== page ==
Nineteenth-century changes took a long while to replace the rearing of animals in close proximity to human settlements, such as building dovecotes to house doves which were exploited for food or constructing warrens to rear rabbits. The ultimate case of proximity was, and remains, the keeping of pets. Here arises another bias in the available literature, which stresses the benefits of keeping pets but overlooks the negative social effects.
Animals have not been entirely neglected by the history profession; there has been something of an ‘animal turn’. However, it is argued in this book that, even so, omissions and distortions have prevented a full grasp of the combined force of the animal contribution from emerging. The topic is not prominent in syllabuses and is rarely treated as a whole, and the economic aspect is not emphasised. Yet, in a startling transition, humanity began to deplete the world’s biological resources and raise livestock productivity by diversifying fodder supplies. The early modern age – a period which has attracted less interest in this respect than both ancient and modern times – saw the prime of the upsurge in these activities.
Food and raw materials do matter. Rather than lying inert, society and the economy developed actively in the period shortly before industrialisation. The twin accession of resources kick-started much of sixteenth- and seventeenth-century economic growth. This was Smithian Growth – meaning better resource allocation – and was the seedbed without which industrialisation could neither have occurred so fast nor spread so rapidly in English-speaking countries and continental Europe. At the same time, hand-tool technology was advancing fast; this is typically over-shadowed by the scale of the mechanisation that followed. The ignorance of prior gains in allocative and technical efficiency stands in the way of understanding the fact that the history of human advance took place, in large part, at the expense of the animal kingdom.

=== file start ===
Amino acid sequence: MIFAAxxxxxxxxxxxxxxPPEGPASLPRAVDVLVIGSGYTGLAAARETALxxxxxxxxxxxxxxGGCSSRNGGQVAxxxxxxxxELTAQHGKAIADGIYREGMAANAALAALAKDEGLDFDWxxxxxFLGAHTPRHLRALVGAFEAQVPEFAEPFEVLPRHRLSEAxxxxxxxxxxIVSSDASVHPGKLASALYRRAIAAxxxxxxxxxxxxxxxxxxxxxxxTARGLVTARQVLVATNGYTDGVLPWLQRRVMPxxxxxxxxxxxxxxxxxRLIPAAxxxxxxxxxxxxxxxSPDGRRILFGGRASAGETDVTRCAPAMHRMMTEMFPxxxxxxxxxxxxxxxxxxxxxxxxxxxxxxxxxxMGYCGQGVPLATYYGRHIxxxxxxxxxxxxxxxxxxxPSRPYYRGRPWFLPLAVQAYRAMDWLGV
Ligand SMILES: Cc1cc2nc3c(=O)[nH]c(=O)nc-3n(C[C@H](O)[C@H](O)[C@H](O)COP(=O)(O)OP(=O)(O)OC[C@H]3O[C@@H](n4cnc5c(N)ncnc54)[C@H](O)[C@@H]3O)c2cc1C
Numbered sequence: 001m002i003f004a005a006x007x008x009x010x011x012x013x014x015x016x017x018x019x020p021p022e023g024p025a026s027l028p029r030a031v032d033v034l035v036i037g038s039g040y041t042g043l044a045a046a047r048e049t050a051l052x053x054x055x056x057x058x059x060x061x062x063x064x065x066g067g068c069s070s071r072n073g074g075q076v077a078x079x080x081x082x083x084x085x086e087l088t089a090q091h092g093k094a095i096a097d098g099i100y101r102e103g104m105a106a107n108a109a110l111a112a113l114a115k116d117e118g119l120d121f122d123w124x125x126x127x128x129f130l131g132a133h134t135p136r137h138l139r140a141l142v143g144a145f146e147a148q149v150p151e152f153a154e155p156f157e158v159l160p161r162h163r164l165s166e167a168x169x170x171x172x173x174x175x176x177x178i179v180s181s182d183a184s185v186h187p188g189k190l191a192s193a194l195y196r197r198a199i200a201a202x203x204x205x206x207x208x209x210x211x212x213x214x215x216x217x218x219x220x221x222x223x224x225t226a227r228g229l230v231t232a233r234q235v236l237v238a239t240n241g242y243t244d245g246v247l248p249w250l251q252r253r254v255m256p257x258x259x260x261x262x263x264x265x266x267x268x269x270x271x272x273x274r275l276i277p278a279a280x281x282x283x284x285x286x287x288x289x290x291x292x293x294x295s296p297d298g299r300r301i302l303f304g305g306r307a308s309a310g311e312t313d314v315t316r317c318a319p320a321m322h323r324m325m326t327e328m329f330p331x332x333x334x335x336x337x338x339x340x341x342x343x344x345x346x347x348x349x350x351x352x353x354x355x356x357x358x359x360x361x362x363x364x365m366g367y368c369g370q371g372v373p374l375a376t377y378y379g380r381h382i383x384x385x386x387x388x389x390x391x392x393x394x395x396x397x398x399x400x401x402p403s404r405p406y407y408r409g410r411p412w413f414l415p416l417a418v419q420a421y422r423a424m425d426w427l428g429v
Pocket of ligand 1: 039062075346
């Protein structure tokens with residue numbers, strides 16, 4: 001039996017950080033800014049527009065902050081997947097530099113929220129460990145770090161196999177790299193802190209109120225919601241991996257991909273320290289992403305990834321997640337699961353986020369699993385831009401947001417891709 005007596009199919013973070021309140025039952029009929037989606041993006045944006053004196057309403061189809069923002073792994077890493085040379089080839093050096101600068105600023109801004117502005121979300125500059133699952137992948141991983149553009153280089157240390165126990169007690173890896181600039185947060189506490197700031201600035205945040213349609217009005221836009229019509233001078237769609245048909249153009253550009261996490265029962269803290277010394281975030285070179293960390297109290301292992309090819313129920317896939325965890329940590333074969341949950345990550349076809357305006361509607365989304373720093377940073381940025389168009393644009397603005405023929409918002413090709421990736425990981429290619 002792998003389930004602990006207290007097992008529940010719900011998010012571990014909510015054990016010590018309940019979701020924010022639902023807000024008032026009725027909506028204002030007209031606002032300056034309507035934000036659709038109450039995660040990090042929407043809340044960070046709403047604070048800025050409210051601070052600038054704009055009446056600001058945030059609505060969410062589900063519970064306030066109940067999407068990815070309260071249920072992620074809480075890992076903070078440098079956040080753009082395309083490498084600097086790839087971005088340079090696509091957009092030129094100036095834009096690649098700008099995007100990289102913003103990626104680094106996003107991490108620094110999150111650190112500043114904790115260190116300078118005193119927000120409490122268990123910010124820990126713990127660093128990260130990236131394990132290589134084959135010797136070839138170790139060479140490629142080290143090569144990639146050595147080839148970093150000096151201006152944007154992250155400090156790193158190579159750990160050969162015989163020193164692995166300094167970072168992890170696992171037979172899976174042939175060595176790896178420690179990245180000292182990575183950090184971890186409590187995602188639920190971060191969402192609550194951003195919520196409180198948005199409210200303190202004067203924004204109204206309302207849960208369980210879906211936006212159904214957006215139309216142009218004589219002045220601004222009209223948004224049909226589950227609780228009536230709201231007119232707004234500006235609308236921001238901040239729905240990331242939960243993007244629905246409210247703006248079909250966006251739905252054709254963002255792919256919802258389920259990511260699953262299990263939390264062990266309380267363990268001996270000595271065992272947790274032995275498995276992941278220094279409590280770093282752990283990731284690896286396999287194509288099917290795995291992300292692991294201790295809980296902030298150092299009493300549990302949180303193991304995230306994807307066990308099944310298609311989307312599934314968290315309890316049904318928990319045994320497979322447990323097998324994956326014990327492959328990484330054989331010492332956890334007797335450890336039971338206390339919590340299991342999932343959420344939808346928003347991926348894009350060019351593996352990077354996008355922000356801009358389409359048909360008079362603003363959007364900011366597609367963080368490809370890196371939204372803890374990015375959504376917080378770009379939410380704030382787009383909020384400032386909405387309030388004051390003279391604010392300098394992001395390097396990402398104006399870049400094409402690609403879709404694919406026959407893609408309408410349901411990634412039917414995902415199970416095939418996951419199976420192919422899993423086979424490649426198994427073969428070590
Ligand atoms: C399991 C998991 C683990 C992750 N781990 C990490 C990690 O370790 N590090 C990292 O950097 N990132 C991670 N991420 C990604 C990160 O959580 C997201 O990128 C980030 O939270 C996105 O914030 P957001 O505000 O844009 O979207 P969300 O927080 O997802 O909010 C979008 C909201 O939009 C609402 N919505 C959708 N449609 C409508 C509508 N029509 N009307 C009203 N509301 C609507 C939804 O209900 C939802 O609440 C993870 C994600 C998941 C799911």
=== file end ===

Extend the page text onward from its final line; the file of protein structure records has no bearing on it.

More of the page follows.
Eric Jones is currently Senior Fellow, University of Buckingham, UK, and Emeritus Professor of Economics, La Trobe University, Australia. He has both DPhil and DLitt degrees from Oxford University, where he was a research fellow of Nuffield College. He has held varied academic positions, including the Irving Fisher Research Professorship at Yale, Membership of the Institutes for Advanced Study at Berlin, Princeton and Wassenaar, Netherlands, Distinguished Visiting Professorship at Osaka Gakuin University, Japan, and the John Simon Professorship at Manchester. His many publications on economic, agricultural and environmental history include The European Miracle: environments, economies and geopolitics in the history of Europe and Asia (1981), Growth Recurring: economic growth in world history (1988), Cultures Merging: a historical and economic critique of culture (2006) and Barriers to Growth: English economic development from the Norman Conquest to Industrialisation (2020).